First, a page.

The company was the subject of a number of allegations regarding its links to deforestation in 2020. JBS has disputed some of the accusations and claimed that it works “closely with national and local government departments to develop solutions and system improvements around supply chain traceability and best agricultural practice to eradicate deforestation. The interests of all stakeholders are aligned on this topic.”

Another 2020 report by the NGO Earthsight showed that deforestation connected to leather products isn’t limited to Brazil either. That report was titled Grand Theft Chaco and linked European car manufacturers to deforestation on land “inhabited by one of the world’s last uncontacted tribes” in Paraguay’s Gran Chaco bioregion. As Fair Planet reported, the precious forests there are home to jaguars and giant anteaters and people are destroying them “faster than any others on earth.”

3. Not always a cow ‘by-product’

People don’t make all leather from the skin of adult cows. There are a number of leathers that come from other animals, such as goats and lambs, which sellers often market as a luxury product. Calf leather – another luxury leather – is obviously from cows, but young individuals rather than mature ones. Sentient Media has reported that in order to “access cows’ skin at its absolute youngest”, industry practices include the removal of unborn calves “directly from their mothers’ wombs.” The outlet also asserted that people killed between 100 and 200 dogs each day in China for leather in 2014.

Though these leathers come from animals that people may exploit for other purposes too, such as producing meat, some leather isn’t linked to other industries, it is an industry entirely of its own. That’s the case with so-called exotic leathers. People make these leathers from the skins of other animals, such as reptiles. As Mongabay has pointed out, there is fierce debate over whether this “multi-million dollar industry” is helping or harming the long-term prospects for survival of the animals involved. Some argue that allowing people to trade in their body parts encourages the protection of the involved species, whereas others say the industry may be destabilizing their populations in the wild.

4. Chemical waste damaging the environment and people

The leather industry produces a lot of waste which can have an adverse effect on the environment and people. This is due to the processes for treating skin to make it usable for products, such as tanning. The most common form of tanning involves chromium. Sentient Media highlights that the treating process involves multiple substances, however, such as “formaldehyde, coal-tar derivatives, and various oils, dyes, and cyanide-based finishes” too. These substances can find their way into the environment via the industry’s liquid and solid waste and end up in waterways or landfills.

The scale of environmental damage involved in leather production varies depending on the laws and standards of the countries where it takes place. Gizmodo reported in 2014, however, that no matter how modernized or carefully managed production facilities are, “it is nearly impossible to reclaim all of the pollutants generated by the tanning process.” It further explained what specific environmental damage those pollutants can cause, highlighting that “when chromium-laced waste is dumped into regional water systems, it can damage fish gills, incite respiratory problems, infections, infertility, and birth defects. It can also instigate a number of serious cancers in animals throughout the food chain.”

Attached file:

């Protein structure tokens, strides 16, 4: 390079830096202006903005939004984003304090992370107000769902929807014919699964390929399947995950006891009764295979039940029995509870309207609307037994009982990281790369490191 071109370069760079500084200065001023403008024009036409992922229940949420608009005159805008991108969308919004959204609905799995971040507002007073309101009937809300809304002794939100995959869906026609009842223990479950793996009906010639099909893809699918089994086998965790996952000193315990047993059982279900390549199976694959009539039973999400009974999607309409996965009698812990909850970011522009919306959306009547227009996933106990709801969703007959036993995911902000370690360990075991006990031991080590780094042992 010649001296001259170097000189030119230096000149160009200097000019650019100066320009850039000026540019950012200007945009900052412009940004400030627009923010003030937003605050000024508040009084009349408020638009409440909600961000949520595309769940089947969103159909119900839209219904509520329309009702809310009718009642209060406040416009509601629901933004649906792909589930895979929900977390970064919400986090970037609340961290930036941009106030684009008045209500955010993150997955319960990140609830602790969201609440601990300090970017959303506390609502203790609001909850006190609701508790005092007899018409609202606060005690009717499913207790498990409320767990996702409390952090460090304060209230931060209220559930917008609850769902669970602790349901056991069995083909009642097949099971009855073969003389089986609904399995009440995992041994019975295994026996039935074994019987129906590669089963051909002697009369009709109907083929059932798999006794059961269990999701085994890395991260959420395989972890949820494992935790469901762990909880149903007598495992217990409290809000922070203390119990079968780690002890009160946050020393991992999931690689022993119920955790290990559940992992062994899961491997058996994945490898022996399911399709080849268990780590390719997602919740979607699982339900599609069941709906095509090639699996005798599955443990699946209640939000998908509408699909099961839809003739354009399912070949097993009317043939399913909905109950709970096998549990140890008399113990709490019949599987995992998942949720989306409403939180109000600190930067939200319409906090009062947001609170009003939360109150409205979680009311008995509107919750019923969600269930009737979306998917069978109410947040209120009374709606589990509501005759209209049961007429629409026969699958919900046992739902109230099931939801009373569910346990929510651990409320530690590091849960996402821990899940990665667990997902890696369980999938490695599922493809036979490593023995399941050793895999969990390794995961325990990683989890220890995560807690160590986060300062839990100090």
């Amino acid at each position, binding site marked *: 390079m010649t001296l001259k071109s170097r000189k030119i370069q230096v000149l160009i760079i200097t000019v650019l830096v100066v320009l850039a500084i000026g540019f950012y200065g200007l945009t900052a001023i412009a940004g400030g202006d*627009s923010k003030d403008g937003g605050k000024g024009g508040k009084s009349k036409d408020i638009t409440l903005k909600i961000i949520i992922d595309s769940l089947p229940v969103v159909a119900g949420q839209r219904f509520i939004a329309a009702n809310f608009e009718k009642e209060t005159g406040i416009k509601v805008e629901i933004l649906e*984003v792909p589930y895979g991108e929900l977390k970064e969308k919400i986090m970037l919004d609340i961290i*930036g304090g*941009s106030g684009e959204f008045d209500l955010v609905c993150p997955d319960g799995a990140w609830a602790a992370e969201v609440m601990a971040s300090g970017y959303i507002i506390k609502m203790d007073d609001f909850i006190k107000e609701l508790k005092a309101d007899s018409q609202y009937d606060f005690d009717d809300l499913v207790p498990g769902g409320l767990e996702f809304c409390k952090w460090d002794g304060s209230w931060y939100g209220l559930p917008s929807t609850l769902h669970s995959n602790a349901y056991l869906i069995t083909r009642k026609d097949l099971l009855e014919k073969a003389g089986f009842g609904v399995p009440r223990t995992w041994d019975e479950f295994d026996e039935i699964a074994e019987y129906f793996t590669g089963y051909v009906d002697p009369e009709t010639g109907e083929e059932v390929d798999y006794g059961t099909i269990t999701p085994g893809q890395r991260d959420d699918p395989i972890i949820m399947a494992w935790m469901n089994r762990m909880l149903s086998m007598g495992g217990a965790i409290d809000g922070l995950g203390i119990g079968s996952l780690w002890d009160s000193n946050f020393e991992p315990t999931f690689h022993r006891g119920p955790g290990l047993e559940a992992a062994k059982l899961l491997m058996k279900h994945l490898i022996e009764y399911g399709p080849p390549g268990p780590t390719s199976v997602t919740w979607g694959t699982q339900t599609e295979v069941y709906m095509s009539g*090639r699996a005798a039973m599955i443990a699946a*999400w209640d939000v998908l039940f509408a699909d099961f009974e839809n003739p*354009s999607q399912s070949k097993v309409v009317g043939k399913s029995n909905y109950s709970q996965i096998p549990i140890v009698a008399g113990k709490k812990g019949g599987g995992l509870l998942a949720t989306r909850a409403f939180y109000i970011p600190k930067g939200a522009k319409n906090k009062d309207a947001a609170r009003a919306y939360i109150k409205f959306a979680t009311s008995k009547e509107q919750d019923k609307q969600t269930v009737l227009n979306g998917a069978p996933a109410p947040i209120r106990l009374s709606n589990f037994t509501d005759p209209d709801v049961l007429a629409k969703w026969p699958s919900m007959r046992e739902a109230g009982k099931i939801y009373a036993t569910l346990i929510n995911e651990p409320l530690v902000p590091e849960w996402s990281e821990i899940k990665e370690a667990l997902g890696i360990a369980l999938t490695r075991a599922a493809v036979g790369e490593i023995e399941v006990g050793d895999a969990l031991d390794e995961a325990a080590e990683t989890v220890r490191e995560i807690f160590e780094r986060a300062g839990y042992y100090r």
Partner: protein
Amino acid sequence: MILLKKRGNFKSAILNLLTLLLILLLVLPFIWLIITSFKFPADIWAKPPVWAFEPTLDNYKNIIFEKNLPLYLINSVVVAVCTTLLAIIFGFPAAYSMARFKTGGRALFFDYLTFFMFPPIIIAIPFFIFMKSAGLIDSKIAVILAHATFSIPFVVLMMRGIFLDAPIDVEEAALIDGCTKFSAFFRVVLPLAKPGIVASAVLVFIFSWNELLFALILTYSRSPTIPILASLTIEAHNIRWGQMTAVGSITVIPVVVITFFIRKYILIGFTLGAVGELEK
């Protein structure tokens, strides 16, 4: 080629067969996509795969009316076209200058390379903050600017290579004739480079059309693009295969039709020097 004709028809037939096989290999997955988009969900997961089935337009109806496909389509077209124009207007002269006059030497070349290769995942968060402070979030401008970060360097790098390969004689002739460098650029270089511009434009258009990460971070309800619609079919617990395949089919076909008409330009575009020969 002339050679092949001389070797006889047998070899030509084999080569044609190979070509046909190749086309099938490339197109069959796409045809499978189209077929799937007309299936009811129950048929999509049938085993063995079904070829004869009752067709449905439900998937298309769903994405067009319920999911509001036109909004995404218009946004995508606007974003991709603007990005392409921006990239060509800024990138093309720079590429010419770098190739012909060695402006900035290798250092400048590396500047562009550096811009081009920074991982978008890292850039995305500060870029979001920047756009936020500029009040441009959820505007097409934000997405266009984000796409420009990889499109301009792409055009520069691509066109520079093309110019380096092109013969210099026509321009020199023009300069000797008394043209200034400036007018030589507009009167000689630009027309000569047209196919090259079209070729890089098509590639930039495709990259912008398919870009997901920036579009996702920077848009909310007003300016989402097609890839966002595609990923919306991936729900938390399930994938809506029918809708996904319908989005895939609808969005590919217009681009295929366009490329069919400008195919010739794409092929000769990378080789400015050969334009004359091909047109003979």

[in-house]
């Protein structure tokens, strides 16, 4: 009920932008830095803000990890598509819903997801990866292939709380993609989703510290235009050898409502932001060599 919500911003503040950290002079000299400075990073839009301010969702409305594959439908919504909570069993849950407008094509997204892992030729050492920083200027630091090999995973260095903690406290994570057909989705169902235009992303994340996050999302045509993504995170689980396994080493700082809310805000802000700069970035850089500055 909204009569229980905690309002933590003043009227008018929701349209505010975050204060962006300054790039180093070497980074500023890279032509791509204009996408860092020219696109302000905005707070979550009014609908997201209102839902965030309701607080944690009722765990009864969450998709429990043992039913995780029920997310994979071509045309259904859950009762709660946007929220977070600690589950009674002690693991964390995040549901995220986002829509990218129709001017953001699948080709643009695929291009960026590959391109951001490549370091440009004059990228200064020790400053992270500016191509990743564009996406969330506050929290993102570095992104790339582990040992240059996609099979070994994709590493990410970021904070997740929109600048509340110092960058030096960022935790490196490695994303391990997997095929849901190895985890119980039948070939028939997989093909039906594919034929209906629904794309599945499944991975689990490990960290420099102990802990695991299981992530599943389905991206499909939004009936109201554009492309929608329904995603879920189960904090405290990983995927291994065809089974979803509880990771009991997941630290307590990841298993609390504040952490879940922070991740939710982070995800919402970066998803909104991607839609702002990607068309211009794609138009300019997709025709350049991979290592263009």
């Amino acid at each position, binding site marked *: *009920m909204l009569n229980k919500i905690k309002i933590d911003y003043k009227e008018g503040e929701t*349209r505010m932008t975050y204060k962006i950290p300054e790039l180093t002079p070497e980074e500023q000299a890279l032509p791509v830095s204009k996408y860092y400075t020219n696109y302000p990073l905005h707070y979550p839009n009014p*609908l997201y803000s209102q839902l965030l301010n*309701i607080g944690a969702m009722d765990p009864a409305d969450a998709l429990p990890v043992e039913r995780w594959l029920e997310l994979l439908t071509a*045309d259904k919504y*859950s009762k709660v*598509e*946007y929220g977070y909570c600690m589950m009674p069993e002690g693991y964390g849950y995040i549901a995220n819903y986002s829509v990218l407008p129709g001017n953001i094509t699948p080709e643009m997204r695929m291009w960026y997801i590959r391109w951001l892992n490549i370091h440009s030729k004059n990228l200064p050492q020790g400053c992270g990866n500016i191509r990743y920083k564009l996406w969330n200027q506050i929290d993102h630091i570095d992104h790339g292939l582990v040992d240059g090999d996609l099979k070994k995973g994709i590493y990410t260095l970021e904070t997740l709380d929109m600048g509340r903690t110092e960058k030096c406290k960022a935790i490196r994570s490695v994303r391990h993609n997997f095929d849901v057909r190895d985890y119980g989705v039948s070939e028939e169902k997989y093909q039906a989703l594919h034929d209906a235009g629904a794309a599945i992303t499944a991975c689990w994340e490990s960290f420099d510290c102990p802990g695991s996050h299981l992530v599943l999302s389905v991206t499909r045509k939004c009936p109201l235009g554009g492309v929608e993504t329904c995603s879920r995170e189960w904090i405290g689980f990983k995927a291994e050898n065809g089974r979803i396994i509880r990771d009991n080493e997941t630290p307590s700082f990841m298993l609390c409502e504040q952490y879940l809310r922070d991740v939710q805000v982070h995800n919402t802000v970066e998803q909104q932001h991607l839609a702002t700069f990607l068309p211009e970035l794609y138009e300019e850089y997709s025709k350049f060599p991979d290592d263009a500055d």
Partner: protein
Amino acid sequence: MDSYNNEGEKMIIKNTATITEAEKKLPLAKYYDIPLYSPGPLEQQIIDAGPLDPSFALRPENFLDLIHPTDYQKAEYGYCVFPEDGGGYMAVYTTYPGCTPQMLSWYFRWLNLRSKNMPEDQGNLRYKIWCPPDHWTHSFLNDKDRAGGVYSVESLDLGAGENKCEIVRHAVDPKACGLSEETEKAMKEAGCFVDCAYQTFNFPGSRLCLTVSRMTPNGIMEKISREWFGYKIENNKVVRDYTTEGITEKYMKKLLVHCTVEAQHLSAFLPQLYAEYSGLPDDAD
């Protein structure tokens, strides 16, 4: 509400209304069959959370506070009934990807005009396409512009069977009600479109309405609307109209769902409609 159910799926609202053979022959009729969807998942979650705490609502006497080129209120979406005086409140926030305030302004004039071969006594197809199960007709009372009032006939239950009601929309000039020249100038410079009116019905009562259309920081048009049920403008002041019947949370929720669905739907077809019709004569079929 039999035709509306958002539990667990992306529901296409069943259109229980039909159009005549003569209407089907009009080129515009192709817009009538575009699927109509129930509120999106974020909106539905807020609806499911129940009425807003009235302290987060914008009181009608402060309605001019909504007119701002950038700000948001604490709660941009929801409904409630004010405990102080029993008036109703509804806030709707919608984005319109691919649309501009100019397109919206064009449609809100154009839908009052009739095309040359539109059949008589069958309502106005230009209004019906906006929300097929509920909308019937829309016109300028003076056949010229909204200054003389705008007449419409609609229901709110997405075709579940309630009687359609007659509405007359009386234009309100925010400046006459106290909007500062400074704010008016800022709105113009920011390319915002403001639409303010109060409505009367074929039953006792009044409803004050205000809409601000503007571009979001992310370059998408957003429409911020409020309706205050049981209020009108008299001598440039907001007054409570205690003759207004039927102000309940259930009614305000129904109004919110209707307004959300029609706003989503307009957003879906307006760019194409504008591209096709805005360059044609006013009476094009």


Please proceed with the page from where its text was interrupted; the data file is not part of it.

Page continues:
Many people, of course, work with these same substances in the tanning process. Exposure to these chemicals can pose a danger to their health too. One study explained that investigators have linked the “exposures within the leather tanning industry” with “the development of a variety of specific cancers including lung, bladder, kidney, pancreatic oral cavity, nasal and soft tissue sarcoma and skin along with dermatitis, ulcers, perforation of the nasal septum, respiratory illnesses.”

A sustainable choice?

In short, those involved in the leather industry often champion it as a sustainable material, that is simply putting a by-product of another industry to use. But that industry, namely the industrial-scale meat and dairy industry, is deeply harmful to the planet. Furthermore, leather is a valuable commodity in its own right, as exotic and luxury leather products illustrate in particular. The leather industry also appears to often leave a trail of waste in its wake, in terms of damage to people and the environment.

These are the considerations consumers need to have in mind when weighing up the industry’s sustainability credentials.

Related content:
  • Leather Is More Than “a By-Product of the Meat Industry”
  • Join Campaign Urging Nike to Stop Using Kangaroo Leather in their Shoes
  • Stella McCartney Makes World’s First Clothes from Bio-Based Mushroom Leather
  • How Factory Farming Creates Air Pollution
  • 4 Sustainable Vegan Leather Alternatives
  • From Factory Farming to Fast Fashion: Important Environmental Issues to Learn About This Earth Day!

For more Animal, Earth, Life, Vegan Food, Health, and Recipe content published daily, subscribe to the One Green Planet Newsletter! Lastly, being publicly-funded gives us a greater chance to continue providing you with high-quality content. Please consider supporting us by donating!